The two reasons why the organization has not officially declared him “emir”
Iran-based jihadist Saif al-Adel, a former Egyptian special forces officer, is the leader of al-Qaeda after the death of Ayman al-Zawahri in the summer of 2022 in a US strike in Afghanistan, the State Department said yesterday.
“Our assessment is in line with that of the UN — that is (we assess) that the new de facto leader of al-Qaeda, Saif al-Adel, is based in Iran,” US State Department spokesman Ned Price said when asked about a report of the United Nations which saw the light of day yesterday Tuesday.
This report states (pp. 3, 6) that according to the “dominant” view of the member states, Saif al-Adel is “now the de facto leader of al-Qaeda” and represents “continuity” in the ranks of the terrorist organization.
However, according to the same text, the organization has not officially declared him “emir” for two reasons.
The first is that this is a sensitive issue for the Taliban regime in Afghanistan, which does not want to acknowledge that Ayman al-Zawahri was killed by the Americans in a house in Kabul in the summer of 2022.
The second is that Saif al-Adel lives in Iran, a country with a majority Shiite population, while al-Qaeda is a fundamentalist Sunni organization.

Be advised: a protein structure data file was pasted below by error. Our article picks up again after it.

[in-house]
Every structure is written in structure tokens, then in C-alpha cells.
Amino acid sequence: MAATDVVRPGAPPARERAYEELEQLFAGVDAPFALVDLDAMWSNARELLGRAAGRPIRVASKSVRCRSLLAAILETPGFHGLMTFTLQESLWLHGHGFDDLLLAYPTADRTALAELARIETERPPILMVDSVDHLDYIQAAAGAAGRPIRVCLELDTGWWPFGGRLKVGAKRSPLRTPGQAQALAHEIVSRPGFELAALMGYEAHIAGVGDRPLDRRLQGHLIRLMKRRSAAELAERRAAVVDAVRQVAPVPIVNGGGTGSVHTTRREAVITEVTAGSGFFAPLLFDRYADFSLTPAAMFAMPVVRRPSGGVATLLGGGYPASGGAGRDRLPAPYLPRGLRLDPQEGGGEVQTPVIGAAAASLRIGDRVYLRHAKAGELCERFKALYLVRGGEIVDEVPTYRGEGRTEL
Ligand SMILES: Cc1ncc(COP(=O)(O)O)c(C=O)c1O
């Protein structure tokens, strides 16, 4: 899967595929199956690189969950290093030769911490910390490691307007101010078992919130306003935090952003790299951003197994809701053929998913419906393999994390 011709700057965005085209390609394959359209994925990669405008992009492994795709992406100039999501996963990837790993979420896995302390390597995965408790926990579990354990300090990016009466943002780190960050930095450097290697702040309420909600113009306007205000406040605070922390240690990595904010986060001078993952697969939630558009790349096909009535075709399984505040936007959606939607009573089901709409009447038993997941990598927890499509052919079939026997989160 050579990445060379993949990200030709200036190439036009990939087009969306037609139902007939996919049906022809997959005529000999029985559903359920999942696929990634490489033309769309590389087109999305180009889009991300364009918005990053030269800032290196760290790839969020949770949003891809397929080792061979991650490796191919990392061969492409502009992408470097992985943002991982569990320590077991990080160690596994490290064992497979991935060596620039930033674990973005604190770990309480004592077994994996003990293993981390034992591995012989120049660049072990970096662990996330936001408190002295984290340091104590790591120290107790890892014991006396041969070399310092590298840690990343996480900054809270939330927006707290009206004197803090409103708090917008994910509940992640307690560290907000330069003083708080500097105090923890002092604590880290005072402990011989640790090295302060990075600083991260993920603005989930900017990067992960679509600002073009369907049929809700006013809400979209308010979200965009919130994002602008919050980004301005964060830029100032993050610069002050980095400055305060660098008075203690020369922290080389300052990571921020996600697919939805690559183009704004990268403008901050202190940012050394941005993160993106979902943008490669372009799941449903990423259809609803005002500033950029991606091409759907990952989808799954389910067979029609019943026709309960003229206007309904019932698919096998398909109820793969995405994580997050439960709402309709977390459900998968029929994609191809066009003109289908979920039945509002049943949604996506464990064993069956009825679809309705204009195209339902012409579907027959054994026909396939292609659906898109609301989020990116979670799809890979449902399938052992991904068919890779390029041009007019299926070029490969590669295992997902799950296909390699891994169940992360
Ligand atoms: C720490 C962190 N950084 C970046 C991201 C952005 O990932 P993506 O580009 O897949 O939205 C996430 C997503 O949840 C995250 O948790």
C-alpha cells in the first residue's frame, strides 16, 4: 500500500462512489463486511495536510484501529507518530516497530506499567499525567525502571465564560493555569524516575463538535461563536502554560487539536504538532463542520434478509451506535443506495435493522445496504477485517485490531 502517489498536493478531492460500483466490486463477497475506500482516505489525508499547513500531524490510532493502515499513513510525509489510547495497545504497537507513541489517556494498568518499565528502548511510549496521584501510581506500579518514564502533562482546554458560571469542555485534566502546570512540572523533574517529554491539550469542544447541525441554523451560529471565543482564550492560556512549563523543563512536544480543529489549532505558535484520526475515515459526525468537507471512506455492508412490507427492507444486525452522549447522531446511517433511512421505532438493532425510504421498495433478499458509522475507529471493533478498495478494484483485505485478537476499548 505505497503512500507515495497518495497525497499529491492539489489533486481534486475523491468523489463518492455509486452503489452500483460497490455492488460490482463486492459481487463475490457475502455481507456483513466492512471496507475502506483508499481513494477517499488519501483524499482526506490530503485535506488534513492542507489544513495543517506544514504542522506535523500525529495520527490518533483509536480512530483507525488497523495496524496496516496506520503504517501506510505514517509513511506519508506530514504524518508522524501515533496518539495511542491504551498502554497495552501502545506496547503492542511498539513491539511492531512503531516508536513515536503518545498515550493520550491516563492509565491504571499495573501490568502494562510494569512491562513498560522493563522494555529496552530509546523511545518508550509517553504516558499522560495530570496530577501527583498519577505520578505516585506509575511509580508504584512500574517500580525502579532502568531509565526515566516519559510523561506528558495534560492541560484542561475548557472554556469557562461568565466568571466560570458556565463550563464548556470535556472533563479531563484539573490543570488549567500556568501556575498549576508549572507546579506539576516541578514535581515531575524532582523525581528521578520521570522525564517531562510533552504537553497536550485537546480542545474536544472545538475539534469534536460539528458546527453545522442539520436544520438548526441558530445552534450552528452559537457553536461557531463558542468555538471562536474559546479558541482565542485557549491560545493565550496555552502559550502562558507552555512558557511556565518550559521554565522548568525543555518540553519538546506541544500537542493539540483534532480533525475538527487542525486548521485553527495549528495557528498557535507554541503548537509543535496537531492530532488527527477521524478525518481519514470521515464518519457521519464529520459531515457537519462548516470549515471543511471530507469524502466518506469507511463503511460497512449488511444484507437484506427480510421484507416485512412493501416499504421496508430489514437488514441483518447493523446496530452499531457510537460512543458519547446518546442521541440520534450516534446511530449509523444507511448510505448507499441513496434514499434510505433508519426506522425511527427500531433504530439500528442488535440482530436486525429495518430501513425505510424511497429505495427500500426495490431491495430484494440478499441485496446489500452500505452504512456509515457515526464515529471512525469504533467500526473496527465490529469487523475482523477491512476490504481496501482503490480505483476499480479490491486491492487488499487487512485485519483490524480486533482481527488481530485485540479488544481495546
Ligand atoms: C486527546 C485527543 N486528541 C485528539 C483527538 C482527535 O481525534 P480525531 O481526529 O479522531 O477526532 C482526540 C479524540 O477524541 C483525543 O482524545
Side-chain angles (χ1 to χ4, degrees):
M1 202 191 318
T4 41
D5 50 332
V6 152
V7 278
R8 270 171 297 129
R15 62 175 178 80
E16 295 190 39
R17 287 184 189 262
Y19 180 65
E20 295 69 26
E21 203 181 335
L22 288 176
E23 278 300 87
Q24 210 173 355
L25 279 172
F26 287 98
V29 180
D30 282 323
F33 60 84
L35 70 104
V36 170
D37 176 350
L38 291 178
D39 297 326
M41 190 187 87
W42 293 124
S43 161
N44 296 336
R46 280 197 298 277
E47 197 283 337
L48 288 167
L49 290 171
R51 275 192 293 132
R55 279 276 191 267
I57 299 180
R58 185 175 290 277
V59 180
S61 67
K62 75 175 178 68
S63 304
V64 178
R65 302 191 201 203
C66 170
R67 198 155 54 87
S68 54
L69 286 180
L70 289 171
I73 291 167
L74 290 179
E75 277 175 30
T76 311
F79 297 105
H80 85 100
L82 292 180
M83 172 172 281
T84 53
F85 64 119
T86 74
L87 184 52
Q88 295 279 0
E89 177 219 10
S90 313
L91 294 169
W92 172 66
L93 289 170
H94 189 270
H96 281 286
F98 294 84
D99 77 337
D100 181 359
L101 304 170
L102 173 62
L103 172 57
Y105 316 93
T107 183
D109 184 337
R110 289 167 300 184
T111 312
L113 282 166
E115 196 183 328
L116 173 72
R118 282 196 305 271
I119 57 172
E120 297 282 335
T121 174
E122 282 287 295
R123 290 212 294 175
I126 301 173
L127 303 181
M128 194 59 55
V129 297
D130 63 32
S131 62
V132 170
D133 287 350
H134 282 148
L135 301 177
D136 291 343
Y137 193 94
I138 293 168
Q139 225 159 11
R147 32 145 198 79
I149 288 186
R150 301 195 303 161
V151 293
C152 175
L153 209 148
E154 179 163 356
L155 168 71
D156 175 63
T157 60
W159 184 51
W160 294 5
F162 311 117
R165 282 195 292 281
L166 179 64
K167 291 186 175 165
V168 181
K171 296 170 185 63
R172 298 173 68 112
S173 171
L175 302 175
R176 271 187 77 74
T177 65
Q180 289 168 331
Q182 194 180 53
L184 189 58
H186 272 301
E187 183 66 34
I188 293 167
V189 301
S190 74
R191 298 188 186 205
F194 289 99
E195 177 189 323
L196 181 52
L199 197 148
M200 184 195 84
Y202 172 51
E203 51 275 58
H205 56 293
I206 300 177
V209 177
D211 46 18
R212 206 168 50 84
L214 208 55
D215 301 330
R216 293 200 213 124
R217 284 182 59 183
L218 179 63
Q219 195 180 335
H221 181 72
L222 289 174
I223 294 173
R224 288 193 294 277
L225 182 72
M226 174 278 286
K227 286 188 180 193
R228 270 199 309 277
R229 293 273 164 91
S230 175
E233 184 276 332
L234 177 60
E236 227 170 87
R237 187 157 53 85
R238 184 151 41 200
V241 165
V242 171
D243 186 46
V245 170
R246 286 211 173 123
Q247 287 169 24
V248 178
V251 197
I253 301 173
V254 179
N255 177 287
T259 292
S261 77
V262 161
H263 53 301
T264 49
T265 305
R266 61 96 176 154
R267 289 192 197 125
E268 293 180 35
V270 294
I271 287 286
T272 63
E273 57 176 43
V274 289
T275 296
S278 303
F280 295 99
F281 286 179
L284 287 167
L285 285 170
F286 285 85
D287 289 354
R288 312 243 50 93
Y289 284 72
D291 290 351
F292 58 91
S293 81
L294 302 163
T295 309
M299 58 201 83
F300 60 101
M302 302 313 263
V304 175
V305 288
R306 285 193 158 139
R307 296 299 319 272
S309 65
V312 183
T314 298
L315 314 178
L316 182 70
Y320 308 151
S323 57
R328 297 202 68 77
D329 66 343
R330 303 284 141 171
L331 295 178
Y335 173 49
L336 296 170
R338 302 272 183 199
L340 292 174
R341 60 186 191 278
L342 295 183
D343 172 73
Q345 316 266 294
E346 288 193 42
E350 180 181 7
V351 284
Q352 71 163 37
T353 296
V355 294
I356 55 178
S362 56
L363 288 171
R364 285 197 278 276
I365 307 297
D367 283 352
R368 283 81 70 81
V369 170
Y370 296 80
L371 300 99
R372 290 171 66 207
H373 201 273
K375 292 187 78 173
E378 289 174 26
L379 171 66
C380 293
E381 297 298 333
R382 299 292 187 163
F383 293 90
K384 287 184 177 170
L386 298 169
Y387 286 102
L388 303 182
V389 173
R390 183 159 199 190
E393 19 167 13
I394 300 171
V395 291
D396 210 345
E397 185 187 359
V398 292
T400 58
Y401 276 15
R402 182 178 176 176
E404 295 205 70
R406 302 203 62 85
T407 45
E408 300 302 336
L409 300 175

“The location of its base raises questions about al-Qaeda’s ambitions to reassert its leadership in the global (i.e. jihadist) movement in the face of the challenges posed by IS,” according to the UN text.
Saif al-Aydel, now 60, was once a lieutenant colonel in the Egyptian special forces. He is considered a form of the old guard of Al Qaeda.
He reportedly enhanced the organization’s operational capabilities and trained some of the hijackers who took part in the September 11, 2001 attacks, according to the Counter Extremism Project.
He has been in Iran since 2002 or 2003, and although he was under strict surveillance at first, he was later able to make trips to Pakistan, according to Ali Soufan, a former FBI investigator.
He is “one of the most professional and experienced soldiers of the global jihadist movement, and his body bears the marks of battles,” Mr. Soufan emphasized in 2021 in an article in the CTC Journal.
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